Yesterday, Sunday, 20 November 2011, the South African National Editors Forum (SANEF) released a press statement voicing its concern over "the attempts by presidential spokesman Mac Maharaj to censor reports about his appearance before a secret inquiry conducted by the Scorpions investigative unit before its disbanding by bringing criminal charges against a newspaper." [video]
SANEF has been one of several bodies lobbying for the inclusion of a provision in the 'Secrecy Bill' for a public interest defence in the case of the publication of state secrets, which would enable a journalist, whistle-blower or citizen who disclosed classified information, if charged, to enter a defence plea of publication in the public interest.
SANEF had issued a press statement on Thursday 17 November voicing its concern at the manner in which state security minister Siyabonga Cwele "has shut the door on the Protection of State Information Bill [POIB] being amended to include a provision for a public interest defence for the publication of state secrets."
The day before, Cwele had told the National Assembly that the ANC could not support such a defence. He stated that no other country had such a clause in similar legislation. However, according to SANEF, the minister is "quietly ignoring the fact that the United States and other countries have other mechanisms in their legislation to provide the protection sought."
Redacted parts of lead story
Then, on Friday 18 November, the Mail & Guardian redacted parts of its lead story on presidential spokesperson Mac Maharaj under threat of criminal prosecution under the National Prosecuting Authority (NPA) Act.
The Friday edition featured "a lot of black blocks and a note explaining why we had to take that route," M&G editor Nic Dawes (@NicDawes) told Bizcommunity.com. "We think the information at our disposal shows important new facts about his conduct and touches on on-going investigations - we strongly believe the public has a right to be informed."
The M&G has documents which detail financial and other conduct of Maharaj relating to the multibillion rand arms procurement deals, particularly around payments between Maharaj, Shabir Shaik and French arms company Thompson. Prior to going to publication with the information, the paper put questions to Maharaj about the answers he gave the Scorpions during the inquiry.
Presidential spokesman threatened legal action
After the presidential spokesman threatened legal action if the article went to print in its entirety, the paper then took legal advice and blacked out parts of its story on Maharaj. The NPA Act makes it an offence to disclose evidence gathered in camera by a section 28 inquiry, providing for a maximum penalty of 15 years in jail.
Maharaj released a brief statement on Thursday night accusing the paper of seeking "to hide its complicity in criminal acts by raising the spectre of a threat to media freedom and invoking fears of censorship".
In further developments, Maharaj issued a statement on Saturday confirming that he'd laid charges against the M&G and senior investigative reporters Sam Sole and Stefaans Brümmer, who wrote the story, "contravening the provisions of section 41(6) of the National Prosecuting Act of 1998," read the statement.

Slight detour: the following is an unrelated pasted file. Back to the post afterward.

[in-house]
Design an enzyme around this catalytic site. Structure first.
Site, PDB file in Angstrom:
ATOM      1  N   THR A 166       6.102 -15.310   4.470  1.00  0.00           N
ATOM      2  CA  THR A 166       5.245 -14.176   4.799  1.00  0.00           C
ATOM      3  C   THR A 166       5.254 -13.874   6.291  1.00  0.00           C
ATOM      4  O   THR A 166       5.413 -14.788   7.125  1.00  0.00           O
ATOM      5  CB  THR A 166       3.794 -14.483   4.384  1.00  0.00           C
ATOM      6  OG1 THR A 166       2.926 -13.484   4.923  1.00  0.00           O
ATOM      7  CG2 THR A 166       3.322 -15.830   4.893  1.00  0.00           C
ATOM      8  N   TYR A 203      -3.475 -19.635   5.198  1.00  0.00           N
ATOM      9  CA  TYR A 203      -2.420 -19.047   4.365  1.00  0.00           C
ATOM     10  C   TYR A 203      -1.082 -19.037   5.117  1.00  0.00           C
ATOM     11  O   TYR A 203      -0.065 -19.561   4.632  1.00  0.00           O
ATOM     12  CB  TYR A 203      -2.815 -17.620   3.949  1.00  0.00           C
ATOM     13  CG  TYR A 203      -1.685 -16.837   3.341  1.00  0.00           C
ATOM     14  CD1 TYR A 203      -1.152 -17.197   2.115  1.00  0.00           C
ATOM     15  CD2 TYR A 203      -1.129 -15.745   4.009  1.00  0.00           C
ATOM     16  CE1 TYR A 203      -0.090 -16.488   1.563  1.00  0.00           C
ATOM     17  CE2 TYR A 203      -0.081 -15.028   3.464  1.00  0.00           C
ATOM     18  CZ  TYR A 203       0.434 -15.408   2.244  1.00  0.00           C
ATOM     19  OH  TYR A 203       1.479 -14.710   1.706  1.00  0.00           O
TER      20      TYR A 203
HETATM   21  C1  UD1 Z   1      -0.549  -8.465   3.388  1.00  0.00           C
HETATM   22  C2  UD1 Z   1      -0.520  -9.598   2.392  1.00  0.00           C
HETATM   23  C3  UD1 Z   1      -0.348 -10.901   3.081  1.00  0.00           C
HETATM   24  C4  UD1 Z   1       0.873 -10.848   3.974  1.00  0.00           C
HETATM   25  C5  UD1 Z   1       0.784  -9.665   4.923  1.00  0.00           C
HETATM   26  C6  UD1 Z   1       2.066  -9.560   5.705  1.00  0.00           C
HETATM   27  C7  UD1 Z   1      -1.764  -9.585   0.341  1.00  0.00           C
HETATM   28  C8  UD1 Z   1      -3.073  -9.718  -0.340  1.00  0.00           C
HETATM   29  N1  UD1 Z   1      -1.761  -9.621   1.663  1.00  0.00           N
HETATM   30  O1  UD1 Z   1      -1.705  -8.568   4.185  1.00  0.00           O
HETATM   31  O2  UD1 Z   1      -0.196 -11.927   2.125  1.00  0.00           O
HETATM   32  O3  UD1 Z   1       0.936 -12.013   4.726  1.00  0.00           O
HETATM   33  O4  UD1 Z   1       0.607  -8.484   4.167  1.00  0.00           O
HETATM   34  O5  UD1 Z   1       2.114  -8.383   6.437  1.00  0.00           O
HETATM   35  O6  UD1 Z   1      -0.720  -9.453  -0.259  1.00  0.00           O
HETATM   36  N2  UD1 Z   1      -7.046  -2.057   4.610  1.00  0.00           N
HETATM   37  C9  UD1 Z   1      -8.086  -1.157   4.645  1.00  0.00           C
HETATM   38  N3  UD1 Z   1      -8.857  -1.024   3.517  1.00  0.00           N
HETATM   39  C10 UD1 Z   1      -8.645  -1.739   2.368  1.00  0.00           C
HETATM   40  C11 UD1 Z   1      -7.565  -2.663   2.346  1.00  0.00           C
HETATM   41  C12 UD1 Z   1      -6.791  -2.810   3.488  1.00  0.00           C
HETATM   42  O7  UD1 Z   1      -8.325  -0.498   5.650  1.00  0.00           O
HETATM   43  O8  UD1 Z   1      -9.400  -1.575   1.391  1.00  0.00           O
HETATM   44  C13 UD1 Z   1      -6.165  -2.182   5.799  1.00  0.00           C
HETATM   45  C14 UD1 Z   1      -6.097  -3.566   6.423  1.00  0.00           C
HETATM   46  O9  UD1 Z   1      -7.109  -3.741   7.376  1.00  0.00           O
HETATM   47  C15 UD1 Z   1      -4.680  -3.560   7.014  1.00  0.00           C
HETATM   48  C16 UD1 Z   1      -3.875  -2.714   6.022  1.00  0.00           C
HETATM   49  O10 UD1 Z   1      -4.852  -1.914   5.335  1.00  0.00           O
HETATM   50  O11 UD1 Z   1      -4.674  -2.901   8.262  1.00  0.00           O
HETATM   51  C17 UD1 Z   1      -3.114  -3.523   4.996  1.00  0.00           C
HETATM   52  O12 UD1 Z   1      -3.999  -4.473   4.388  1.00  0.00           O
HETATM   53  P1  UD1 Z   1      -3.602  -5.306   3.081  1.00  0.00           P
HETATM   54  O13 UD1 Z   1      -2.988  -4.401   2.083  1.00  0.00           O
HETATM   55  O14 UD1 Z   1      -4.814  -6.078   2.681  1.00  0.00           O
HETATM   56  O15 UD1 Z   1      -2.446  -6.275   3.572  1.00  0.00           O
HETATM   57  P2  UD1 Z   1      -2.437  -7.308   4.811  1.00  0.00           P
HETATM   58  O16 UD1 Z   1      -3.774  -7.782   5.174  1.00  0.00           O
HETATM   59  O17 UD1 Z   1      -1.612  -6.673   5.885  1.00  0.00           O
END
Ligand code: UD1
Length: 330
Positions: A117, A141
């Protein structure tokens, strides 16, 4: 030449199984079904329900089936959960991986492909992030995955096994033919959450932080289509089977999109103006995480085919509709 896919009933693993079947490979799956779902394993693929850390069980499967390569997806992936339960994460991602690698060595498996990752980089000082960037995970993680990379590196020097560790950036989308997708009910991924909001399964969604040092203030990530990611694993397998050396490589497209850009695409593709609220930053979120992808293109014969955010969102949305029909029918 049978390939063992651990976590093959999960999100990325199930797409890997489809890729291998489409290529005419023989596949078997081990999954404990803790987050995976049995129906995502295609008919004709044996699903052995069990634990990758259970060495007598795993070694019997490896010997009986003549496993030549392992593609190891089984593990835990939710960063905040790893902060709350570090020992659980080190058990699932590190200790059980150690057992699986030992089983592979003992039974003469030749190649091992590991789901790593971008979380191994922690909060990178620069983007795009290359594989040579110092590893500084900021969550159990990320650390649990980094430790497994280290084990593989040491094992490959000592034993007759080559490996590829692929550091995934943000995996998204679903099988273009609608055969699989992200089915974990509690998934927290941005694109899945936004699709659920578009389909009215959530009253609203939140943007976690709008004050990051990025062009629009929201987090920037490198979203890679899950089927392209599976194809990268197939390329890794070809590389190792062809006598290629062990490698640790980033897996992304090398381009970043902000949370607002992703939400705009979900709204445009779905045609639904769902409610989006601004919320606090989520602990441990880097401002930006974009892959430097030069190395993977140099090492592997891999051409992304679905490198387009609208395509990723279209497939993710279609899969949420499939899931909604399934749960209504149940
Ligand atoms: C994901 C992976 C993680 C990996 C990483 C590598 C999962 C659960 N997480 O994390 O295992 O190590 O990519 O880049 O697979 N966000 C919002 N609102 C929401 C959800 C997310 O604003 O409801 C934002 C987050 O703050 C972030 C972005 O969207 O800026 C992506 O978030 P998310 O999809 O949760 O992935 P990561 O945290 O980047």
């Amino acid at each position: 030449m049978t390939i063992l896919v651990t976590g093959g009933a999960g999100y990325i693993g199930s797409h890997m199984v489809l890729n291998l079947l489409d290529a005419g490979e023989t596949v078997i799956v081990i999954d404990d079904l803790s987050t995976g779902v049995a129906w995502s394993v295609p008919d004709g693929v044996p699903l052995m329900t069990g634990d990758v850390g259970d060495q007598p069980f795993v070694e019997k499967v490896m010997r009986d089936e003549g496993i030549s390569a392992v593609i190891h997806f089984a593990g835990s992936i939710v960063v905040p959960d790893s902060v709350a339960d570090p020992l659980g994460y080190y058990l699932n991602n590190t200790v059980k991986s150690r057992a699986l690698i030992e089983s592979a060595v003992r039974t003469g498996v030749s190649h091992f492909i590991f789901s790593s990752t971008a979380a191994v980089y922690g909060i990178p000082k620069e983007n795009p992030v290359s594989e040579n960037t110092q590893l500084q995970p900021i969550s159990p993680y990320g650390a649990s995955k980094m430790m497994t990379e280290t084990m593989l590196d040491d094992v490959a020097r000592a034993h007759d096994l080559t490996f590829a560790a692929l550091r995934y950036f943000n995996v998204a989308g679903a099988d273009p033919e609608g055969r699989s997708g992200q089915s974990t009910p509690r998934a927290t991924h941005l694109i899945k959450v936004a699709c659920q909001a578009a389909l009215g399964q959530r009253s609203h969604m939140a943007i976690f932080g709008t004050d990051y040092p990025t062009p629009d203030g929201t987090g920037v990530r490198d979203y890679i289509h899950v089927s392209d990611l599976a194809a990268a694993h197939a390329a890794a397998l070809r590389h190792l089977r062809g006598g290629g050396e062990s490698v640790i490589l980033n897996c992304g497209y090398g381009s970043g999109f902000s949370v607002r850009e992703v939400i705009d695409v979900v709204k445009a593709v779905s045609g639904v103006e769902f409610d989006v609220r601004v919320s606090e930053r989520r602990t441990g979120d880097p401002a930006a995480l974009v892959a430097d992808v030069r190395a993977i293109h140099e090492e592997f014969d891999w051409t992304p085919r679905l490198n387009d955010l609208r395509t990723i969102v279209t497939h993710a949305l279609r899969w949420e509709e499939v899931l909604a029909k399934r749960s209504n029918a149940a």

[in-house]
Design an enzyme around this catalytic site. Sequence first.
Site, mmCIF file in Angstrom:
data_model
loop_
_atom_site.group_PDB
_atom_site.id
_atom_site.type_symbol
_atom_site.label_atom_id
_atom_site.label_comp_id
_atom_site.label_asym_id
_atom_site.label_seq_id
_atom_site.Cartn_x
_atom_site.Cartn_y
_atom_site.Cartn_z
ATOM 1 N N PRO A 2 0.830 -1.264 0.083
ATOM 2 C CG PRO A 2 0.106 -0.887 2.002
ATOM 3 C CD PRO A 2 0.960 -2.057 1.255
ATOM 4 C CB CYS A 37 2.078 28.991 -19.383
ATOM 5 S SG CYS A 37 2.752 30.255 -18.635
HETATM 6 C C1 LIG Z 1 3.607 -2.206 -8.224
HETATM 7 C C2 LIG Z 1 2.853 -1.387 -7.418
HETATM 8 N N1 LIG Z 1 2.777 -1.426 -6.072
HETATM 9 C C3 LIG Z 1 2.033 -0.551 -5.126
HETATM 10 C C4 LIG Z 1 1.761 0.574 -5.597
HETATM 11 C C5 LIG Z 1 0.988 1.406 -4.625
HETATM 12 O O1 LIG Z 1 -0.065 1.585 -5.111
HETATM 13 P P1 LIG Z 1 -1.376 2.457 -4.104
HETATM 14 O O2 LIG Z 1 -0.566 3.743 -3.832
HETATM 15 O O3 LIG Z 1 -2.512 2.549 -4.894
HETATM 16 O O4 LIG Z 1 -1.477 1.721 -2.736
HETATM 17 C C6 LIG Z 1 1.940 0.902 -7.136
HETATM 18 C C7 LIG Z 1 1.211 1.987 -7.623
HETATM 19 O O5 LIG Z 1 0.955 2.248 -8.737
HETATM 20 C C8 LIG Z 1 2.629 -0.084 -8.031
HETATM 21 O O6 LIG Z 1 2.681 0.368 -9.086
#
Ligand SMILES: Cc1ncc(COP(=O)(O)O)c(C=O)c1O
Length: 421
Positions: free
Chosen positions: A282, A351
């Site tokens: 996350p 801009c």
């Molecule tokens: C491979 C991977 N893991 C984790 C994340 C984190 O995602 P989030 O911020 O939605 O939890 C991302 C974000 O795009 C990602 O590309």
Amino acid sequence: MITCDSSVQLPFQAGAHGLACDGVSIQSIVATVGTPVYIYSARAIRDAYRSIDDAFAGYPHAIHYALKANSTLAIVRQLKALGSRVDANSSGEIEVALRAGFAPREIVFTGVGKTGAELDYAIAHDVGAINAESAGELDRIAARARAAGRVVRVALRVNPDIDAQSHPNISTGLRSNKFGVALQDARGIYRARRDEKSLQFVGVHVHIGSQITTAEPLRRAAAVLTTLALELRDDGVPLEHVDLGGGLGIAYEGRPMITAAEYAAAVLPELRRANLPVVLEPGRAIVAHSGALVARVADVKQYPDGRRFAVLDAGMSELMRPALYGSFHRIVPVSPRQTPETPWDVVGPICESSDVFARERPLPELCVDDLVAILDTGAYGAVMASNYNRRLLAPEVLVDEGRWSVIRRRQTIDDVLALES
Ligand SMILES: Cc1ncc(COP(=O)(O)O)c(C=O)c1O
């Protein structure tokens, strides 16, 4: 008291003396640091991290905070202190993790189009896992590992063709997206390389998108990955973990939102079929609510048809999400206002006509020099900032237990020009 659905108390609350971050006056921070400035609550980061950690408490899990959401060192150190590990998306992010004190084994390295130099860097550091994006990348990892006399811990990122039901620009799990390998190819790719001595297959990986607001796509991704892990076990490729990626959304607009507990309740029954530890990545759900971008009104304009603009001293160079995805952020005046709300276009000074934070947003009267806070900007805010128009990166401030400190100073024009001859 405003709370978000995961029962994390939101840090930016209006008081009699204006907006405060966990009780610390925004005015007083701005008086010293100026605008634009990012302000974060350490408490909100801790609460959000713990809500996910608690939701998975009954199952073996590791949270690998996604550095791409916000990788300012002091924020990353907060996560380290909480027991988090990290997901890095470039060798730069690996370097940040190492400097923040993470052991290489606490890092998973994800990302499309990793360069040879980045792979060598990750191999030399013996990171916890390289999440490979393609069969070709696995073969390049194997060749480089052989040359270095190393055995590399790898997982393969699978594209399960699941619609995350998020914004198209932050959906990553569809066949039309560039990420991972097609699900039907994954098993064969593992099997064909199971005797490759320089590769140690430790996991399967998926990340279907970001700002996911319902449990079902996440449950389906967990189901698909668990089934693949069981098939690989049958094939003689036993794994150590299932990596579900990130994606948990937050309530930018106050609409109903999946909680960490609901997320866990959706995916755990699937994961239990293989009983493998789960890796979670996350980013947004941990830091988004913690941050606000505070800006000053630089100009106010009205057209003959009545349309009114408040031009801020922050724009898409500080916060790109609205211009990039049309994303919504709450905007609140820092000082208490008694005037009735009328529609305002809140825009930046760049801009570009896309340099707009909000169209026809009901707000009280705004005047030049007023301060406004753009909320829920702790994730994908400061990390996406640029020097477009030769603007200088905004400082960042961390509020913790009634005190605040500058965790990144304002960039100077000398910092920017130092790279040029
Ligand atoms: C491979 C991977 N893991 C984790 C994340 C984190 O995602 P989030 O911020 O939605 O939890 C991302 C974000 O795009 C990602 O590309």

The Sunday Times yesterday published a story alleging that Maharaj and his wife, Zarina, had received bribes to the tune of R2.3million from French arms company, Thales. It reported that it had obtained a consultancy agreement between Thales and a company called Minderley Investments, owned by Schabir Shaik.
"Documents from the Swiss district attorney's office, which obtained court orders for statements of Zarina and Shaik's Swiss bank accounts, show Shaik's company was used as a conduit to channel the Thales money to Zarina's accounts," the article reads.
"Sunday Times accused of not printing response in full"
In response to these allegations, Maharaj then accused the Sunday Times of not printing his three-sentence response in full, despite publishing an extensive two-page report. He said that the paper has instead selected parts of his response for publication and this had consciously limited the public's awareness of what he had said.
According to Maharaj's statement, "The fact that the Scorpions did not bring any charges against either of us should make you alive to the fact that the reported insinuations and allegations of unlawful conduct by us implied in your questions may once again result in, and subject us to character assassination and trial by media consciously making use of selective information only."
He went on to say that the issues at hand belonged to matters that were investigated by the Scorpions, and that neither he nor his wife were prepared to subject themselves to a separate and additional investigation by a member of the media based on "isolated aspects of a comprehensive investigation conducted by institutions established and empowered by law to do so."
Yesterday, the Democratic Alliance (DA) called on president Jacob Zuma to suspend Maharaj without delay. DA transport spokesperson Stuart Farrow said that he would ask the public protector to investigate the allegations (in the meantime, Madonsela has already confirmed that she has set up a team to investigate POIB concerns, reports Eyewitness News).
Interests of transparency
When asked whether it would not have been better in the interests of transparency to allow the M&G to publish the article, Maharaj did not respond to Bizcommunity, instead choosing to reissue his press statement of Thursday through his researcher Conrad Ndlovu.